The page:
Brooks Haxton

Rating: 4.67
Rating: 4.67

Brooks Haxton Poems

Gripping the lectern, rocking it, searching
the faces for the souls, for signs of heartfelt
mindfulness at work, I thought, as I recited
words I wrote in tears: instead of tears,
...

2.

Cattle egrets in the dry grass waded
like white clerics at the hooves
of brood cows, heifers, and new calves.
...


When fever burned the last light out of my daughter’s eyes,
I swore to find and kill the ones to blame. Men
must mount the long boat in the dark with spears.
At dawn, where the flowering spicebush hid my scent,
...

4.

The waterfall in sunlight is God
talking to herself. Her voice
poured into the trees asks
nothing, to prove nothing,
...

The pelican in scripture is unclean. It pukes dead fish
onto the hatchlings, and it roosts alone, like Satan
on the Tree of Life. Nobody told me. I liked pelicans.
I liked owls, too. I used to lie awake and listen,
...

I made sackcloth my garment once, by cutting
arm and neck holes into a burlap bag.
A croker sack they called it. Sackdragger
they called the man who dragged a croker sack
...

On a hillside scattered with temples broken
under the dogday sun, my friend and I drank
local wine at nightfall and ate grapeleaves
in goat-yogurt glaze. The living grape vines
...

The wine of astonishment
is house wine at my house.
The whiskey of it is a sauce
we savor. The cocaine
of thy judgment also
...

9.

It was the fortieth year since Buchenwald: two thousand
Jewish refugees in Sudan starved while Reagan visited
the graves of Nazis. CBS paid off Westmoreland
for their rude disclosure of his lies and crimes:
...

Why art thou cast down, O my soul? Psalm 42

Down from twilight into dark at noon,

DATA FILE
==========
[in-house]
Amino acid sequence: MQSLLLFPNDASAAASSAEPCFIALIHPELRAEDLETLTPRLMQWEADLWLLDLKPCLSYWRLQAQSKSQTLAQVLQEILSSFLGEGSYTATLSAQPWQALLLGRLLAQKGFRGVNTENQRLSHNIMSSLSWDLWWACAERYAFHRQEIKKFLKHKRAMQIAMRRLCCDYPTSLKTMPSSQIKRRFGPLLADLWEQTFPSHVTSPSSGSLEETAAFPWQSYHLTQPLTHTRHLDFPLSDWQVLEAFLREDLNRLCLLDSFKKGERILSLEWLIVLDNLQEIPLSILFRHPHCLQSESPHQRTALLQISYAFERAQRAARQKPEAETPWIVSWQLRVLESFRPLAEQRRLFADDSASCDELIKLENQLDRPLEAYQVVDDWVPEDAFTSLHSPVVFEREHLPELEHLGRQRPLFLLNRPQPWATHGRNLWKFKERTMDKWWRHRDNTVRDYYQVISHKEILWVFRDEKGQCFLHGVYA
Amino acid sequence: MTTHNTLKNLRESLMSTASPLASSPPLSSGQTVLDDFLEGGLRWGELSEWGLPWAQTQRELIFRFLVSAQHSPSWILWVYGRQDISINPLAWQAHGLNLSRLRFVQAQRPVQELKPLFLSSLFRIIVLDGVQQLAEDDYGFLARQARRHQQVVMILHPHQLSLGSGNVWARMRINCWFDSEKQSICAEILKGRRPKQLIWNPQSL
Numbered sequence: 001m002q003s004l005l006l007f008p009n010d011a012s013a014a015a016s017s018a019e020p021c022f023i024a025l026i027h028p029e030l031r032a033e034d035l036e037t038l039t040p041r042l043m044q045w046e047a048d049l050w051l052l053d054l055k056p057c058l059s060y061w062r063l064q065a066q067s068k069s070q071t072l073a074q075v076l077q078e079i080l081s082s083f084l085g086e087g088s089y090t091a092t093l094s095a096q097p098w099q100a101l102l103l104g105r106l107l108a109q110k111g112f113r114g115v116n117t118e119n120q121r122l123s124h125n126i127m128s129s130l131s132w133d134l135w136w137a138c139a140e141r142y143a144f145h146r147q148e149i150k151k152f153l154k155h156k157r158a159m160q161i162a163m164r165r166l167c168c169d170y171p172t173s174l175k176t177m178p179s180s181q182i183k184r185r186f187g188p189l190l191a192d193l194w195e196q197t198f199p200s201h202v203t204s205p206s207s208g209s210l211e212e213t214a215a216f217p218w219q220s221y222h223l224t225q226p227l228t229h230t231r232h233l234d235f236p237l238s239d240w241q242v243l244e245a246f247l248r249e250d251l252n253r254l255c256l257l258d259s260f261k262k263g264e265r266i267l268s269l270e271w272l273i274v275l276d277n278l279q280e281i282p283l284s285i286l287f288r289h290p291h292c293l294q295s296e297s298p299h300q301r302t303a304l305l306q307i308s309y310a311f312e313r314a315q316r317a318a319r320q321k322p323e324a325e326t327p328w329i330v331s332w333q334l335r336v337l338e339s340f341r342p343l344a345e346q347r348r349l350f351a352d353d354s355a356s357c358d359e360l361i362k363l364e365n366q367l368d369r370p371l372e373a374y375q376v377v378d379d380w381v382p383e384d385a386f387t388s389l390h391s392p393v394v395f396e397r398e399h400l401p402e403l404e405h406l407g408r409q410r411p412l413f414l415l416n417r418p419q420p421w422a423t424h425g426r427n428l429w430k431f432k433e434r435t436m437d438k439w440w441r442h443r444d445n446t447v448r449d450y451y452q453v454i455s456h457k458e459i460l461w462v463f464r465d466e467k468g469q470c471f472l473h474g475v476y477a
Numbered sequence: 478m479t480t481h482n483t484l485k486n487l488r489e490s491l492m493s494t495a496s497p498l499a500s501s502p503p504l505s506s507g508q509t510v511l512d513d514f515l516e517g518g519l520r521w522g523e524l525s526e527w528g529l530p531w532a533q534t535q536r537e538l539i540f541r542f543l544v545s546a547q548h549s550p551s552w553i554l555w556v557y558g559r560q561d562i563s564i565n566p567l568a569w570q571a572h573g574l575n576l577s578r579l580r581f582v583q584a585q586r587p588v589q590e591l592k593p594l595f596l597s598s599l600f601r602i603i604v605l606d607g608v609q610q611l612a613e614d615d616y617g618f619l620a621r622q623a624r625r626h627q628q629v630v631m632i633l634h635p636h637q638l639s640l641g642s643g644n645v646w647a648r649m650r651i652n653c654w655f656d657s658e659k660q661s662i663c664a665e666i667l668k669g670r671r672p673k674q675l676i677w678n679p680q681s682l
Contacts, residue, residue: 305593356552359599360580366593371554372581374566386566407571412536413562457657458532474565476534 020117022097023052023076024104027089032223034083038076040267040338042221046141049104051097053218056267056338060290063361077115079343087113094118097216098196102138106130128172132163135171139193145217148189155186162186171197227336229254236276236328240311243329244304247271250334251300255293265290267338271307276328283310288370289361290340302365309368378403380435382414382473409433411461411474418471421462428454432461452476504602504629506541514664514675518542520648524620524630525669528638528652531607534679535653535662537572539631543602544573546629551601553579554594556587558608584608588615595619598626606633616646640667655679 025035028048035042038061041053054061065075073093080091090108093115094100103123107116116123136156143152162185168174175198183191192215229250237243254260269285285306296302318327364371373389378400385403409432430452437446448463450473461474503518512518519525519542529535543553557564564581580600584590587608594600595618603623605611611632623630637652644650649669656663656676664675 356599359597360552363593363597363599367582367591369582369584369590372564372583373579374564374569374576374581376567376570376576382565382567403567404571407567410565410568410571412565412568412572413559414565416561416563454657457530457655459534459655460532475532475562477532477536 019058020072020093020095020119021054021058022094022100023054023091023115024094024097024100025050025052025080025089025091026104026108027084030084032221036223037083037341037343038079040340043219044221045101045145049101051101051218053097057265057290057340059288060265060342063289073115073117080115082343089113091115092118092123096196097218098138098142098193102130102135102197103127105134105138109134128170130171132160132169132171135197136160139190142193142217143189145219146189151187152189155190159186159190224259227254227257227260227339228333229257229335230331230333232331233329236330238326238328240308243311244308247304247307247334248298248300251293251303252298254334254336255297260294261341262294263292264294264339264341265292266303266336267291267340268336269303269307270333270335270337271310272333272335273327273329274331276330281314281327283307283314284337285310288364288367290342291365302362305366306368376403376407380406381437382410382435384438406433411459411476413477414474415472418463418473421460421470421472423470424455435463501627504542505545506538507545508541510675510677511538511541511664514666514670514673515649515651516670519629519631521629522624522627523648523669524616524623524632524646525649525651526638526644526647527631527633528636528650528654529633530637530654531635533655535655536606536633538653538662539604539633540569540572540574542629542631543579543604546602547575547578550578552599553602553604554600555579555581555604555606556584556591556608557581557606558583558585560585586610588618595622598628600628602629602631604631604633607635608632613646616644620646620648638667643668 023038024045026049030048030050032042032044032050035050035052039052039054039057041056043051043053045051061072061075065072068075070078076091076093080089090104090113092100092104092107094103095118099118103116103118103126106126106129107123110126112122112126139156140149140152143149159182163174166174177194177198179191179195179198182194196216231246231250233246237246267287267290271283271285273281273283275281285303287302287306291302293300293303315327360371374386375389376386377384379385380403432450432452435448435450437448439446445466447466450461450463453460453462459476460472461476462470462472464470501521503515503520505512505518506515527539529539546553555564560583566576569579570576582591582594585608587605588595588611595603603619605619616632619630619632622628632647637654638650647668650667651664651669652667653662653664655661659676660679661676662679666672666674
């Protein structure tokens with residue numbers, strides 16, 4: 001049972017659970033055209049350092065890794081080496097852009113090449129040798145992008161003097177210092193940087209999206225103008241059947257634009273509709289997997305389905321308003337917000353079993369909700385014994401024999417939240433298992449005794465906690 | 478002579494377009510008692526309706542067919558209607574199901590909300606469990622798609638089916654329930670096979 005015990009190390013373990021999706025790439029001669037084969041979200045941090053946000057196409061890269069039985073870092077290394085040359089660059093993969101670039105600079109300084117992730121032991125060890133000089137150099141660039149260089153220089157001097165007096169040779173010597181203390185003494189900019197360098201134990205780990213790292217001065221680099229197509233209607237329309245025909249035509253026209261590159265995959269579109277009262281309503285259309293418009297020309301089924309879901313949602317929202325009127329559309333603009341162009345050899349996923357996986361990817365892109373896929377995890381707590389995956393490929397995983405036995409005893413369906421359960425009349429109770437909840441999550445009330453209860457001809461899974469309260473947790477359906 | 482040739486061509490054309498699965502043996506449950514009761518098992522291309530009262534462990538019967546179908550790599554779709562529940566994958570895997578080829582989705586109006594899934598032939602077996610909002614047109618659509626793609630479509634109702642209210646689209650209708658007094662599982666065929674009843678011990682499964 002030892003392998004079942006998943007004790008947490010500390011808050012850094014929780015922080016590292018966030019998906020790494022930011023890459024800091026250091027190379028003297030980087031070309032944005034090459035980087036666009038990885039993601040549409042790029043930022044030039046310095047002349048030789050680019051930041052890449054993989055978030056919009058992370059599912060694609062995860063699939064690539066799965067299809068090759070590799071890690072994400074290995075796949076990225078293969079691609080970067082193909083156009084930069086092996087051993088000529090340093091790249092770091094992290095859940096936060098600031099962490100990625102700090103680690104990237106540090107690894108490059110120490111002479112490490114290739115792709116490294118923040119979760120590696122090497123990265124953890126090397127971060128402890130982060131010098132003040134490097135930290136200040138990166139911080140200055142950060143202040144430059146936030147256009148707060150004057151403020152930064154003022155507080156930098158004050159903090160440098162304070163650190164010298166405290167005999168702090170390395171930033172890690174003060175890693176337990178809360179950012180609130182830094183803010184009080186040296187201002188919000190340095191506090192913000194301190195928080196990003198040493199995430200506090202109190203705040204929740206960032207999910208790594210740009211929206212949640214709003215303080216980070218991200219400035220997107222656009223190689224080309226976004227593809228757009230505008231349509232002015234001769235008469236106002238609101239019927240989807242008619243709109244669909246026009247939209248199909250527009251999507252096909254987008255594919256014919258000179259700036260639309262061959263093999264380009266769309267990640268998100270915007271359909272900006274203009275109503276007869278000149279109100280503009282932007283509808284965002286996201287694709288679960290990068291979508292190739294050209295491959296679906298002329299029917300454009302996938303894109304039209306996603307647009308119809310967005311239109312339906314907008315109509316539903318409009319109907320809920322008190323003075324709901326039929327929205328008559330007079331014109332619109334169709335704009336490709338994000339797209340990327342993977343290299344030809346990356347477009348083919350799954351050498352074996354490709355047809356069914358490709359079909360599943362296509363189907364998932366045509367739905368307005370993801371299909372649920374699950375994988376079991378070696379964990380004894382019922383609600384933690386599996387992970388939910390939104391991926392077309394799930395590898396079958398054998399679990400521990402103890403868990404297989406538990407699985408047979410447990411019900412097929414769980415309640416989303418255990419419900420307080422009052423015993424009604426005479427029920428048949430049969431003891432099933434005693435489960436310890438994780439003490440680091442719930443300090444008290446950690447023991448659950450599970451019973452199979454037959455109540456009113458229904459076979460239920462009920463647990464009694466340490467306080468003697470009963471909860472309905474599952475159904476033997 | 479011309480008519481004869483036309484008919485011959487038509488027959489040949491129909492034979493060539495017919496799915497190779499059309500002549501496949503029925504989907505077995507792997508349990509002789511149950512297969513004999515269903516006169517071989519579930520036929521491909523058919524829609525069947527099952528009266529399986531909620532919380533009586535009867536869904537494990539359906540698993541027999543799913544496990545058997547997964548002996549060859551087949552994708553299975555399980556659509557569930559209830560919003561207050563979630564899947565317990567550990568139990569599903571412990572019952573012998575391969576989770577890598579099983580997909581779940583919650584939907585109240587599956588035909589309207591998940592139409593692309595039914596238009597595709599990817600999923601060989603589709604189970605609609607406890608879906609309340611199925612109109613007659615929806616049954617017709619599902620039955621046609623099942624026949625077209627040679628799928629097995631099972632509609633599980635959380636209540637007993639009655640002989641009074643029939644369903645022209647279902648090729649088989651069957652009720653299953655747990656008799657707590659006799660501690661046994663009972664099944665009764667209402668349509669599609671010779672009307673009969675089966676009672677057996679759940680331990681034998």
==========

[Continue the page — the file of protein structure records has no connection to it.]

through darker, down until the black
could not be more devoid of star
...

OK. Let’s not call what ditched us God:
ghu, the root in Sanskrit, means not God,
but only the calling thereupon. Let’s call God
Fun. In the beginning was the Word, and the Word
...

In the hidden part thou shalt make me to know
wisdom. Psalm 51
That young man
firing his Kalashnikov
...

Brooks Haxton Biography

Brooks Haxton, born in Greenville, Mississippi, in 1950, is the son of the novelist Ellen Douglas and the composer Kenneth Haxton. The recipient of fellowships from the National Endowment for the Arts, the National Endowment for the Humanities, and the Guggenheim Foundation, Haxton teaches in the writing programs at Syracuse University and Warren Wilson College. He lives in Syracuse with his wife and three children.)

The Best Poem Of Brooks Haxton

Salesmanship, With Half A Dram Of Tears

Gripping the lectern, rocking it, searching
the faces for the souls, for signs of heartfelt
mindfulness at work, I thought, as I recited
words I wrote in tears: instead of tears,
if I had understood my father's business,
I could be selling men's clothes. I could be
kneeling, complimenting someone at the bay
of mirrors, mumblingly, with pinpoints pressed
between my lips. That was the life I held
in scorn while young, because I thought to live
without distraction, using words. Yet, looking
now into the room of strangers' eyes, I wanted
them to feel what I said touch, as palpably
as when a men in double worsted felt
the cuff drop to his wrist. There was a rush
in the applause of gratitude and mercy:
they could go. A teenager, embarrassed
for himself and me, lefthandedly
squeezed my fingers, and said thanks.


Anonymous submission.

Brooks Haxton Comments

Joyce Evans 15 January 2022

I call Brooks 'stud deluxe'.

0 0 Reply
Joyce Evans 22 December 2020

Call me please

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Joyce Naron Evans 17 December 2020

Vivid imagery of ethereal scenery in nature.

0 0 Reply
Joyce Naron Evans 16 December 2020

Impressive work. The images that you describe are vivid and full of life.

0 0 Reply

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